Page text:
Adding more fish to your diet might lower your risk of colorectal cancer, according to a new meta-analysis. The researchers reviewed 41 studies in which fish consumption had been recorded. People who ate the most fish were 20 percent less likely to be diagnosed with rectal cancer than those who ate the least. The investigators caution that the study does not show how much fish is enough and how it should be cooked.

[American Journal of Medicine, online April 18, 2012]

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  1. John G.
    Reply

    Is it true that farm raised fish may are fed corn products that are stored in silos which are also sprayed with pesticide and in turn are contained in the fish? Is the water really clean enough for farm raised production meaning that they most likely eat left over residue and waste products in the water versus wild caught fish?

  2. Cindy B.
    Reply

    I, too, would be interested in your opinion as to how fish oil supplements might compare to consuming actual fish. I try to do both but often fall short on the actual fish-consuming. Always take a high-quality supplement, though.

  3. Karen
    Reply

    >The type of fish doesn’t matter
    Beg to disagree here. Wild-caught fish eat foods that generate high levels of the Omega 3 oils. Farm-raised fish are fed corn-based food, and do not contain the same levels of Omega 3, which is the likely source of the benefit from eating fish in the first place.
    Agreed, deep-frying cancels any benefit you will get from either version.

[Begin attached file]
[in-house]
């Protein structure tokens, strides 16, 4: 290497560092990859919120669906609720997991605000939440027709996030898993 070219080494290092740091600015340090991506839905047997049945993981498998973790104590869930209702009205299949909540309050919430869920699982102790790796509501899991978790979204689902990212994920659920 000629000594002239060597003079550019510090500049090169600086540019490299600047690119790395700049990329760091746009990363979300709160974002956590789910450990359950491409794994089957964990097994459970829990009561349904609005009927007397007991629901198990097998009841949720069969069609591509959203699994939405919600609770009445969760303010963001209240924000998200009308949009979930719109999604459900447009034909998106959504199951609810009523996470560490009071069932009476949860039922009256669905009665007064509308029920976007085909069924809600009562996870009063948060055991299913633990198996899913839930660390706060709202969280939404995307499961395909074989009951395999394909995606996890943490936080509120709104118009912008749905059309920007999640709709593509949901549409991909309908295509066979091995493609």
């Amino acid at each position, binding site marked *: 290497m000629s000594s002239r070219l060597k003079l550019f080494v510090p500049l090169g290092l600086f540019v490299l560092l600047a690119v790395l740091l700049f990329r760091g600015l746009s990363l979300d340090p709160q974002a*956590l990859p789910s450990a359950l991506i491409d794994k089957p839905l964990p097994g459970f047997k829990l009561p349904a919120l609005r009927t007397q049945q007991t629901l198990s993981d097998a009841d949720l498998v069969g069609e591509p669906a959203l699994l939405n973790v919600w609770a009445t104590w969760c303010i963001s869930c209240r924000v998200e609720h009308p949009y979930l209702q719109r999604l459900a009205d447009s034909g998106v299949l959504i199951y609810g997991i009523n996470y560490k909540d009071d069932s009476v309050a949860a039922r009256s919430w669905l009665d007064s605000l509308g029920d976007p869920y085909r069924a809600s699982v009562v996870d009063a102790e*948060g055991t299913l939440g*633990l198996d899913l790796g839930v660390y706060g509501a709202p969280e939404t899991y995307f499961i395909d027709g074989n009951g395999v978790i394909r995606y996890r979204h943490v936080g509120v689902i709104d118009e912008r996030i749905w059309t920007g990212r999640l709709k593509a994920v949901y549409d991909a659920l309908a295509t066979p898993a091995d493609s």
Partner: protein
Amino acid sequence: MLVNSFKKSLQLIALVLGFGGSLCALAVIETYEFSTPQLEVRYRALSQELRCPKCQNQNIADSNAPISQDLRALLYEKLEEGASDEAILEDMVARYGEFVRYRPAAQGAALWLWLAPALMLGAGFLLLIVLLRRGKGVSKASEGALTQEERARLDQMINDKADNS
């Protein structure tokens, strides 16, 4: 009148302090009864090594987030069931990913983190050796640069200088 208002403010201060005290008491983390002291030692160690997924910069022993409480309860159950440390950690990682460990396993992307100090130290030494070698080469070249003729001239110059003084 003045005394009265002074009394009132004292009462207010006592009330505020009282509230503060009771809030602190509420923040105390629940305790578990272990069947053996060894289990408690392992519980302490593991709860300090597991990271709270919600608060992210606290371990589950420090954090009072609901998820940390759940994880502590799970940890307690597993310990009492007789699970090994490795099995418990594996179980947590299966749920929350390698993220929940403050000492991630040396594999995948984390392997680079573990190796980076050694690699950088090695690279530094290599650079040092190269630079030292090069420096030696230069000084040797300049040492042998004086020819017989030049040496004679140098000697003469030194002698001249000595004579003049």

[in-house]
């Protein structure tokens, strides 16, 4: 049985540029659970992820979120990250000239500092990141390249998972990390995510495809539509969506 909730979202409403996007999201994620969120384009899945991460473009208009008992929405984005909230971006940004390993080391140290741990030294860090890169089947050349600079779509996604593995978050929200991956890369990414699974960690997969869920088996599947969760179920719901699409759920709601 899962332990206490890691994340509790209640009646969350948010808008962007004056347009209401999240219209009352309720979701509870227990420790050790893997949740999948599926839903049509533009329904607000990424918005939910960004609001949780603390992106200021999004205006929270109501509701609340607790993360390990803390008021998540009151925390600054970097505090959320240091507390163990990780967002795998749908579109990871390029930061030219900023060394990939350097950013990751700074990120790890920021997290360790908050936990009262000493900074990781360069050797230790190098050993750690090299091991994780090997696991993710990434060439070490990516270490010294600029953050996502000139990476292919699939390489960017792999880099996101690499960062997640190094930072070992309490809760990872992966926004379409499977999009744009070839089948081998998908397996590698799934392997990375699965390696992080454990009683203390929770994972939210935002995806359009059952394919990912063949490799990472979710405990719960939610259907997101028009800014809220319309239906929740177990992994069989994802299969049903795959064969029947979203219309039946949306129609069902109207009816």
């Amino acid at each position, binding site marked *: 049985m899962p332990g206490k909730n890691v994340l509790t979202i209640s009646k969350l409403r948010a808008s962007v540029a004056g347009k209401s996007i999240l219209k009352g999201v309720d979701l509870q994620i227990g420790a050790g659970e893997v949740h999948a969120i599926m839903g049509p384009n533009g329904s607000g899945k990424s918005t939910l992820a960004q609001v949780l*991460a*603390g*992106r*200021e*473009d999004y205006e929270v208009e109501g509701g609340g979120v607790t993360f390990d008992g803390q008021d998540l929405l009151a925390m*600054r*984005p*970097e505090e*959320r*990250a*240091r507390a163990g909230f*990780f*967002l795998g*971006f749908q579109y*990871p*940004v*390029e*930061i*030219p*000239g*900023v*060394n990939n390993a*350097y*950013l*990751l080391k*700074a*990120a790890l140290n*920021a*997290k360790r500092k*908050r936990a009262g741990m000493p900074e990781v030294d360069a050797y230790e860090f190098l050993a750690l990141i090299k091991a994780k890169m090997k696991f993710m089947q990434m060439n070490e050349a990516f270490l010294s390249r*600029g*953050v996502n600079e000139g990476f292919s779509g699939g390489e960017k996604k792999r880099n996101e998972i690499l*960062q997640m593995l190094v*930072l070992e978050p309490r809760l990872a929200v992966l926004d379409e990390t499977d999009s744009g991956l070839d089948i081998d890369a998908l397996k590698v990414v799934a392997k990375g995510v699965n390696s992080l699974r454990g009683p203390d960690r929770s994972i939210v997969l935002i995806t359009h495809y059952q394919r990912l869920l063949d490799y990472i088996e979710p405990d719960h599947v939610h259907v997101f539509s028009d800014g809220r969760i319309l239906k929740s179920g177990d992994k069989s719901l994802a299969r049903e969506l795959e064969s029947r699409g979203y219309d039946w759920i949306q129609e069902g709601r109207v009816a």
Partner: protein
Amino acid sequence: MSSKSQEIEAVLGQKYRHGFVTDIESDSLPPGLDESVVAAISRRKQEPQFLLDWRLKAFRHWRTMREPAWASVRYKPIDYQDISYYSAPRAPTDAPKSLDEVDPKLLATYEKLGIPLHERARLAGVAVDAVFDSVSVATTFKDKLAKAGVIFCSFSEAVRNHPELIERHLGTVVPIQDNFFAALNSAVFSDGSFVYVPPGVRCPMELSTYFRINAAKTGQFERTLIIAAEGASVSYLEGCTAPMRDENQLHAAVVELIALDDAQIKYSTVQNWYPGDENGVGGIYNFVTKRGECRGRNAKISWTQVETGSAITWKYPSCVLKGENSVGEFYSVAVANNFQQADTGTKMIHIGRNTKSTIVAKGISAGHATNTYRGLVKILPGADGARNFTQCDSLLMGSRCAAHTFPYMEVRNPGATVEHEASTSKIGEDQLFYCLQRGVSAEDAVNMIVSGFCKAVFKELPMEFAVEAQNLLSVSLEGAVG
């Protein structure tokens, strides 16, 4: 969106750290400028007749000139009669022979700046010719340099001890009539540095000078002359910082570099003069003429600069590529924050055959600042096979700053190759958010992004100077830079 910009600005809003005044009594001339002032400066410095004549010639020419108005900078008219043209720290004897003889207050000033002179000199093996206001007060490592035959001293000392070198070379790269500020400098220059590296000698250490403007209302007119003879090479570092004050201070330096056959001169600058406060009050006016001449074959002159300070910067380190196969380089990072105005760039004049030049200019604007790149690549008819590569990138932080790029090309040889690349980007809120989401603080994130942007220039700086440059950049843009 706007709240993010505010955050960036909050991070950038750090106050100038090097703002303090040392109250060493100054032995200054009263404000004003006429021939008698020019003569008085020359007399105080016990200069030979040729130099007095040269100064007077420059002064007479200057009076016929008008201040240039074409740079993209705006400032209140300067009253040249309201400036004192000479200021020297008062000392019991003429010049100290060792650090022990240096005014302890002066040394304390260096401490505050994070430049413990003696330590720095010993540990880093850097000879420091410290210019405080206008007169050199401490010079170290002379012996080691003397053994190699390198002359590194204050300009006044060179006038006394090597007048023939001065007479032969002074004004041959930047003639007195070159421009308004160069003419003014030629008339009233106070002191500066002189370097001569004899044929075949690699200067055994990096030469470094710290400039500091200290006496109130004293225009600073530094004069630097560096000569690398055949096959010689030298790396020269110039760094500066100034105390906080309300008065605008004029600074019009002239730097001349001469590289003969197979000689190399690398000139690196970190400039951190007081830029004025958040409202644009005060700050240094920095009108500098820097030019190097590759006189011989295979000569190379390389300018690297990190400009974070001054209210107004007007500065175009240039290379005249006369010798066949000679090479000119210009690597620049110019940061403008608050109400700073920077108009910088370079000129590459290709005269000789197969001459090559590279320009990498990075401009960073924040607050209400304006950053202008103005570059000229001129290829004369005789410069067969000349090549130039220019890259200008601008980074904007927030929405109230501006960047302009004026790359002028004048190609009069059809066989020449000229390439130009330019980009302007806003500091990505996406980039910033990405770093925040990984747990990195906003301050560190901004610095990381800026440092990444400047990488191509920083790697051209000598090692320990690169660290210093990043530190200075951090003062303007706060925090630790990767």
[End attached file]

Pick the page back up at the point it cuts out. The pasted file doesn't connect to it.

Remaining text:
Most of these dietary studies are long-term enough that farmed fish wasn’t a major factor in the beginning. It is now.
    It’s the same as grass-fed vs corn-fed beef. Completely different fat profile. Corn feeding is the problem, not the meat itself.

  4. Patric F.
    Reply

    Does this information regarding fish consumption hold true for canned sardines as well? And if so, are sardines packed in oil preferable to sardines packed in salt water?
    PEOPLE’S PHARMACY RESPONSE: Yes, sardines are a good source. For this purpose, it doesn’t matter whether they are packed in oil or in water. Pick what you like, unless you are counting calories. (In that case, water is better.)

  5. MF
    Reply

    How much fish? What kind of fish? We eat fish once a week but really don’t care for it and smother it in onions/garlic/ginger. Would we be just as well off to take fish oil? thanks
    PEOPLE’S PHARMACY RESPONSE: Two or three times a week are thought better than once. The type of fish doesn’t matter as much as not preparing it by deep-frying it. Onions, garlic and ginger sound great, with benefits of their own along with the fish.

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